The Dead Walk
Next week is zombie week. Valve software, the maker of Half Life and Team Fortress 2, finally releases the game I've most anticipated this year, Left 4 Dead, a multiplayer cooperative shooter featuring hordes of the hungry, risen dead. Even with the Prince spelling, I'm charged.
But I was most disappointed to hear, courtesy of my friend and sometimes commenter Andrew, that Left 4 Dead will feature perhaps the most annoying fad of the past decade: running zombies.
Zombies, quite simply, cannot run, and in my perfect zombie apocalypse certainly do not. As a Pennsylvania sheriff put it, "They're dead. They're all messed up."
When well made, zombie films are the gold standard in horror, and the gold standard in zombie films is the work of George Romero, whose first three films in the field, Night of the Living Dead, Dawn of the Dead, and Day of the Dead (which has undergone a critical reassessment after a poor initial assessment, an assesment that was always unfair) are among the best horror movies ever made. Romero's work is set in our own world, but one where the dead have begun to walk for reasons never quite explained (a viral infection of the living which kills and reanimates, and radiation brought back by a space probe, a la H. P. Lovecraft but with man going to meet the things which should not be known rather than them coming to us, are suggested but never confirmed). Being dead, their brains are damaged. They have no rational thought, but they do have full use of the lower portions of the brain, which are all about aggression and hunger. So they want to eat us.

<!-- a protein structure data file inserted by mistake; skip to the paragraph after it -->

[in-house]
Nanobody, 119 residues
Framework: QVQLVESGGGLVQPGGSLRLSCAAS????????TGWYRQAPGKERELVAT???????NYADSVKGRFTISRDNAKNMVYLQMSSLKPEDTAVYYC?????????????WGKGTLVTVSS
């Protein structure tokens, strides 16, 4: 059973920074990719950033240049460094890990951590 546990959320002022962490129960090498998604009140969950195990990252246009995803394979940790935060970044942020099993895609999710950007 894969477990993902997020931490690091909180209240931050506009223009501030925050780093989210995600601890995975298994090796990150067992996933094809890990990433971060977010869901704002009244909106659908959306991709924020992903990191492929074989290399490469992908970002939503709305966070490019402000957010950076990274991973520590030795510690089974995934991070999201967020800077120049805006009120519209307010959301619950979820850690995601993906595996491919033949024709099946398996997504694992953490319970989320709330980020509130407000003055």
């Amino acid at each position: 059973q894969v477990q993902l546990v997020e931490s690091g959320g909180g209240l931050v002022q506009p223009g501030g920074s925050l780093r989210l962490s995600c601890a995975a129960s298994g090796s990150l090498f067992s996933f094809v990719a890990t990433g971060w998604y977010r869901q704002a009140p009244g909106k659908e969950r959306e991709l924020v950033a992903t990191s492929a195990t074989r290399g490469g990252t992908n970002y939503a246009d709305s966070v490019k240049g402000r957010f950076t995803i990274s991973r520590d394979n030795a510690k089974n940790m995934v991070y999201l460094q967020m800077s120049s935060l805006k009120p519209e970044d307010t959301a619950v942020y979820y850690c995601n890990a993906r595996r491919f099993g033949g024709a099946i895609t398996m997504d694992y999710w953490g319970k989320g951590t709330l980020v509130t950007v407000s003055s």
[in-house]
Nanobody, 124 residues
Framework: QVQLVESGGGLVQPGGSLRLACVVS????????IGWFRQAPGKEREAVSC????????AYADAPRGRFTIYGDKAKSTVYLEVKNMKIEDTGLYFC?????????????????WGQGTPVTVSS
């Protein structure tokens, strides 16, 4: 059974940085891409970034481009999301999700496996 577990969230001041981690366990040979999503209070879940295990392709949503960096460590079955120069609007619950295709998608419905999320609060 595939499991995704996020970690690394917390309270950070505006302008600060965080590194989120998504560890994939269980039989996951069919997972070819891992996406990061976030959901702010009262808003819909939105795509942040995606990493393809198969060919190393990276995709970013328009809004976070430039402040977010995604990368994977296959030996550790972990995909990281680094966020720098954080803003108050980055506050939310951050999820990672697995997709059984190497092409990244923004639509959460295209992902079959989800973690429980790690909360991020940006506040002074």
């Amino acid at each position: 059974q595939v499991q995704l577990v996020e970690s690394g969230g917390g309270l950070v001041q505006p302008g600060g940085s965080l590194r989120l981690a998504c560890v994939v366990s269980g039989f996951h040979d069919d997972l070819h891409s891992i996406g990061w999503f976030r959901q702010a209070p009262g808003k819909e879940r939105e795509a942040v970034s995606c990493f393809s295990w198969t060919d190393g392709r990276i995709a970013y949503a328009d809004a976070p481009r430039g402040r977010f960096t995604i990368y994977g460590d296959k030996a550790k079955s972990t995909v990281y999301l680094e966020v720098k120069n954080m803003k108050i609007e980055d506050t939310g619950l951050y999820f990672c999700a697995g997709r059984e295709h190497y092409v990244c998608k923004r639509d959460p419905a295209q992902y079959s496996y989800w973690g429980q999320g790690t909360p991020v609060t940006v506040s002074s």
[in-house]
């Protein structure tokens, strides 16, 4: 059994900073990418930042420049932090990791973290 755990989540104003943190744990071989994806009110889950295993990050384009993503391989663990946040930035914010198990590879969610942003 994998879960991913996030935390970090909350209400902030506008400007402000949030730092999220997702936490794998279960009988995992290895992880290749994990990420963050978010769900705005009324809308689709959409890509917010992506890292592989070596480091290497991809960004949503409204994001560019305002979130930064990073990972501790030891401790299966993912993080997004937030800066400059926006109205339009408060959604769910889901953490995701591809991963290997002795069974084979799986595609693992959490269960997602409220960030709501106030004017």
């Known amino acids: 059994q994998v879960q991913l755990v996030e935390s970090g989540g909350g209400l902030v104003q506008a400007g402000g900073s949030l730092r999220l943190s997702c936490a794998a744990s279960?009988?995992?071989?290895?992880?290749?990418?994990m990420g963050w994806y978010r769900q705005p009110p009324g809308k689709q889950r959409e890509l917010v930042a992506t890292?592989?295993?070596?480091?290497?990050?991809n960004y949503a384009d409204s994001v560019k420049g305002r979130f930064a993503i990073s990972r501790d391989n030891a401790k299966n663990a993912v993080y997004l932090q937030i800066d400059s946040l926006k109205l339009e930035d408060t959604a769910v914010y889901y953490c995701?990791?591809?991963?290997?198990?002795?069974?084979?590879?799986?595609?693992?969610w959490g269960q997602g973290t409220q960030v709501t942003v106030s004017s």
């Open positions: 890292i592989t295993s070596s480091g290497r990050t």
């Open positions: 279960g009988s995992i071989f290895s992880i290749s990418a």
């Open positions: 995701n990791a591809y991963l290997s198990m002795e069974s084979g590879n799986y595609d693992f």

The terror these films inflict is not just because they feature graphic and disturbing images of cannibalism. Death carries its own terror, as does isolation. A world in which one is isolated among the dead carries the two worst fears, death and being utterly alone, to an extreme, as Richard Matheson's short story I Am Legend, a 1950s vampire novella which is at the root of all of these films and which still packs a punch today despite the best efforts of Will Smith, attests. Romero, to the extent he improved on I Am Legend, did so by making its ideas explicit and by adding a jolt of social satire, which is quite evident if one can look beyond the gore.
But included within the fear of death is the fear of decay, the fear of aging run amock. Slow zombies, the dead that walk, don't remember, don't learn, embody the fear of aging as well as death. Recent remakes of Romero's work, however, feature zombies who can run and can learn. They miss the point. A zombie that can run, rip doors off their hinges, and learn how doors work is not a reflection of our own fears about ourselves, and the future that awaits us all in which we consume ourselves if we're lucky enough to live into ripe old age.
Simon Pegg, the star and creator of Shaun of the Dead, a hilarious comedy which pays tribute to Romero's films, yet is also quite scary in its own right and ultimately faithful to Romero's horrifying work, has much more to say about why zombies must not run.
(Note: If you think you've seen this post before today, you have. It was written last November at another site, where some of the content will eventually wind up here as reruns. I quite enjoyed Left 4 Dead, but haven't been able to play it as much as I'd like.)
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